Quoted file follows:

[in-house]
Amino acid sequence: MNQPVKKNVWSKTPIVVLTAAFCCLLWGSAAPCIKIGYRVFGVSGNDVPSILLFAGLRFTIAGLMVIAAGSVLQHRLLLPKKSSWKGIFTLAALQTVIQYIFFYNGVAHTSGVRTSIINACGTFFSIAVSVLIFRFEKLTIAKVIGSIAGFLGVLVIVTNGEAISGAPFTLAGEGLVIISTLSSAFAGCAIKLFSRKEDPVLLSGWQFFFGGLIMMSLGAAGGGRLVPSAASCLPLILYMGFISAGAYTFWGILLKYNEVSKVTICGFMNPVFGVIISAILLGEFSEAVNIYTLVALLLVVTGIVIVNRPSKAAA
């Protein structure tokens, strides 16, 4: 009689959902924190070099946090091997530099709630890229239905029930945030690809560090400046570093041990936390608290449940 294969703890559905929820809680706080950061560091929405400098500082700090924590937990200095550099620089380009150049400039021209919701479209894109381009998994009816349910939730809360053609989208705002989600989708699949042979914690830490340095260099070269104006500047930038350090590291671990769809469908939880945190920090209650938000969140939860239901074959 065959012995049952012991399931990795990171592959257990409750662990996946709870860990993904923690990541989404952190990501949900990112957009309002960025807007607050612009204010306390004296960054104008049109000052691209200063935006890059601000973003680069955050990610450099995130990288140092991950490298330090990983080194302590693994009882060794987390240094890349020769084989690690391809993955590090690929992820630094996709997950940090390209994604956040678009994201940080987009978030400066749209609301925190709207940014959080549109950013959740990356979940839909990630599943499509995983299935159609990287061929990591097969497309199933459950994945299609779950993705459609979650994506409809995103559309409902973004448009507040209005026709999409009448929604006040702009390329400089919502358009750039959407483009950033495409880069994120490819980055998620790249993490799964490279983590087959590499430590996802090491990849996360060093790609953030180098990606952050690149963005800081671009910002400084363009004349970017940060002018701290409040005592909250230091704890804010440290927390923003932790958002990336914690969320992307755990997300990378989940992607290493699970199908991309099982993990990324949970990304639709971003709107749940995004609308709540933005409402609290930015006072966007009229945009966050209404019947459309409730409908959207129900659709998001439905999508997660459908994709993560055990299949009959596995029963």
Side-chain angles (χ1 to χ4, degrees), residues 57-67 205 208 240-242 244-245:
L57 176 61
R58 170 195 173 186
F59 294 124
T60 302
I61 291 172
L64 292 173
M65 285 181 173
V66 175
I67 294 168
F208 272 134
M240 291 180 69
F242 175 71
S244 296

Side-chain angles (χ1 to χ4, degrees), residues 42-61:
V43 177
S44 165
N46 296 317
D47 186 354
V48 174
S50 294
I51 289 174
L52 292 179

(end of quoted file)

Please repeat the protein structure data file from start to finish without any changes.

[in-house]
Amino acid sequence: MNQPVKKNVWSKTPIVVLTAAFCCLLWGSAAPCIKIGYRVFGVSGNDVPSILLFAGLRFTIAGLMVIAAGSVLQHRLLLPKKSSWKGIFTLAALQTVIQYIFFYNGVAHTSGVRTSIINACGTFFSIAVSVLIFRFEKLTIAKVIGSIAGFLGVLVIVTNGEAISGAPFTLAGEGLVIISTLSSAFAGCAIKLFSRKEDPVLLSGWQFFFGGLIMMSLGAAGGGRLVPSAASCLPLILYMGFISAGAYTFWGILLKYNEVSKVTICGFMNPVFGVIISAILLGEFSEAVNIYTLVALLLVVTGIVIVNRPSKAAA
């Protein structure tokens, strides 16, 4: 009689959902924190070099946090091997530099709630890229239905029930945030690809560090400046570093041990936390608290449940 294969703890559905929820809680706080950061560091929405400098500082700090924590937990200095550099620089380009150049400039021209919701479209894109381009998994009816349910939730809360053609989208705002989600989708699949042979914690830490340095260099070269104006500047930038350090590291671990769809469908939880945190920090209650938000969140939860239901074959 065959012995049952012991399931990795990171592959257990409750662990996946709870860990993904923690990541989404952190990501949900990112957009309002960025807007607050612009204010306390004296960054104008049109000052691209200063935006890059601000973003680069955050990610450099995130990288140092991950490298330090990983080194302590693994009882060794987390240094890349020769084989690690391809993955590090690929992820630094996709997950940090390209994604956040678009994201940080987009978030400066749209609301925190709207940014959080549109950013959740990356979940839909990630599943499509995983299935159609990287061929990591097969497309199933459950994945299609779950993705459609979650994506409809995103559309409902973004448009507040209005026709999409009448929604006040702009390329400089919502358009750039959407483009950033495409880069994120490819980055998620790249993490799964490279983590087959590499430590996802090491990849996360060093790609953030180098990606952050690149963005800081671009910002400084363009004349970017940060002018701290409040005592909250230091704890804010440290927390923003932790958002990336914690969320992307755990997300990378989940992607290493699970199908991309099982993990990324949970990304639709971003709107749940995004609308709540933005409402609290930015006072966007009229945009966050209404019947459309409730409908959207129900659709998001439905999508997660459908994709993560055990299949009959596995029963």
Side-chain angles (χ1 to χ4, degrees), residues 57-67 205 208 240-242 244-245:
L57 176 61
R58 170 195 173 186
F59 294 124
T60 302
I61 291 172
L64 292 173
M65 285 181 173
V66 175
I67 294 168
F208 272 134
M240 291 180 69
F242 175 71
S244 296

Side-chain angles (χ1 to χ4, degrees), residues 42-61:
V43 177
S44 165
N46 296 317
D47 186 354
V48 174
S50 294
I51 289 174
L52 292 179